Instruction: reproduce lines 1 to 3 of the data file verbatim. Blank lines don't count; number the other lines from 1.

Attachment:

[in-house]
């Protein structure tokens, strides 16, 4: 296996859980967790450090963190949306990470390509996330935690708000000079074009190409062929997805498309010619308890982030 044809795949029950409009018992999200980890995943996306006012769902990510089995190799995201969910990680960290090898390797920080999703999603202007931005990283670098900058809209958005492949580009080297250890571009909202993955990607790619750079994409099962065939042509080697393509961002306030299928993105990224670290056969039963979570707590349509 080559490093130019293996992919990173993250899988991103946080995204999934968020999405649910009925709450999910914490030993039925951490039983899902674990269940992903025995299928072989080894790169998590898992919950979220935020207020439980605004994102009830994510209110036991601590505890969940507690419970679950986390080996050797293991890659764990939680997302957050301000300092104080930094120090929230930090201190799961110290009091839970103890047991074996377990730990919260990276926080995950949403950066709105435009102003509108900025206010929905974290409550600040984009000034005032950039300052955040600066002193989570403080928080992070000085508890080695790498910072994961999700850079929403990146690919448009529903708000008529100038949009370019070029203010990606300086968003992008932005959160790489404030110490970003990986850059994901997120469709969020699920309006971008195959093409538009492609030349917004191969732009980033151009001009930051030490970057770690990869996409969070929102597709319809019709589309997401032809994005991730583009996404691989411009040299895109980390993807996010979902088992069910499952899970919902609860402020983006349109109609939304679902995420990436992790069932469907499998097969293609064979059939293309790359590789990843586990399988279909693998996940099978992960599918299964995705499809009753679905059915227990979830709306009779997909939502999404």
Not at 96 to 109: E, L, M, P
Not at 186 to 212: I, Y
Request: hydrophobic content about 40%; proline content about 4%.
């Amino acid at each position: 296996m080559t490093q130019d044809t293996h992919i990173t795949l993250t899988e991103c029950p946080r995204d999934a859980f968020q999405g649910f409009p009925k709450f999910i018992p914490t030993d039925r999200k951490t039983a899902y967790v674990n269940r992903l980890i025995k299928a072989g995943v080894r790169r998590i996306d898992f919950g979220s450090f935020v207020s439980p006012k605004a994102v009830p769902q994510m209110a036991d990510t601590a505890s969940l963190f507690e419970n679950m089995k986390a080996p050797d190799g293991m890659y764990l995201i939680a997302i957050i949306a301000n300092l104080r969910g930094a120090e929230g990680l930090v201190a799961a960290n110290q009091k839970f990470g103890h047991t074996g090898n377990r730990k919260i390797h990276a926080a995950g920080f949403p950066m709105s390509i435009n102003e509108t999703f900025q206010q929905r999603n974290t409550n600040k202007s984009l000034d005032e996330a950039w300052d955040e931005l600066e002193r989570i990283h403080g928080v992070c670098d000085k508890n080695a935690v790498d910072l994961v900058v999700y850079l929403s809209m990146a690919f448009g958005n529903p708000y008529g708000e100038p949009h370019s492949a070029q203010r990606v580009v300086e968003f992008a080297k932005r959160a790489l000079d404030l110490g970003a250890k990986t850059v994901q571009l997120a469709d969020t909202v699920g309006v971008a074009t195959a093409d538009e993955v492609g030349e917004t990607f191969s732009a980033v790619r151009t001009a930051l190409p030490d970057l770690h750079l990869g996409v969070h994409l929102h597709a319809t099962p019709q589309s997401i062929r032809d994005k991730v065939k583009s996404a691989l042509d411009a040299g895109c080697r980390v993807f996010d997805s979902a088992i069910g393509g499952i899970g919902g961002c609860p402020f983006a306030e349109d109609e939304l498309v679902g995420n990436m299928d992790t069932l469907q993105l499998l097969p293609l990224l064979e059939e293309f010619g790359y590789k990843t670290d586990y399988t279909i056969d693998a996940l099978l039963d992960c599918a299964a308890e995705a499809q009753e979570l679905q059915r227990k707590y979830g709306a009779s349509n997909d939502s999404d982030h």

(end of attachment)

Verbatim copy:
[in-house]
């Protein structure tokens, strides 16, 4: 296996859980967790450090963190949306990470390509996330935690708000000079074009190409062929997805498309010619308890982030 044809795949029950409009018992999200980890995943996306006012769902990510089995190799995201969910990680960290090898390797920080999703999603202007931005990283670098900058809209958005492949580009080297250890571009909202993955990607790619750079994409099962065939042509080697393509961002306030299928993105990224670290056969039963979570707590349509 080559490093130019293996992919990173993250899988991103946080995204999934968020999405649910009925709450999910914490030993039925951490039983899902674990269940992903025995299928072989080894790169998590898992919950979220935020207020439980605004994102009830994510209110036991601590505890969940507690419970679950986390080996050797293991890659764990939680997302957050301000300092104080930094120090929230930090201190799961110290009091839970103890047991074996377990730990919260990276926080995950949403950066709105435009102003509108900025206010929905974290409550600040984009000034005032950039300052955040600066002193989570403080928080992070000085508890080695790498910072994961999700850079929403990146690919448009529903708000008529100038949009370019070029203010990606300086968003992008932005959160790489404030110490970003990986850059994901997120469709969020699920309006971008195959093409538009492609030349917004191969732009980033151009001009930051030490970057770690990869996409969070929102597709319809019709589309997401032809994005991730583009996404691989411009040299895109980390993807996010979902088992069910499952899970919902609860402020983006349109109609939304679902995420990436992790069932469907499998097969293609064979059939293309790359590789990843586990399988279909693998996940099978992960599918299964995705499809009753679905059915227990979830709306009779997909939502999404």
Not at 96 to 109: E, L, M, P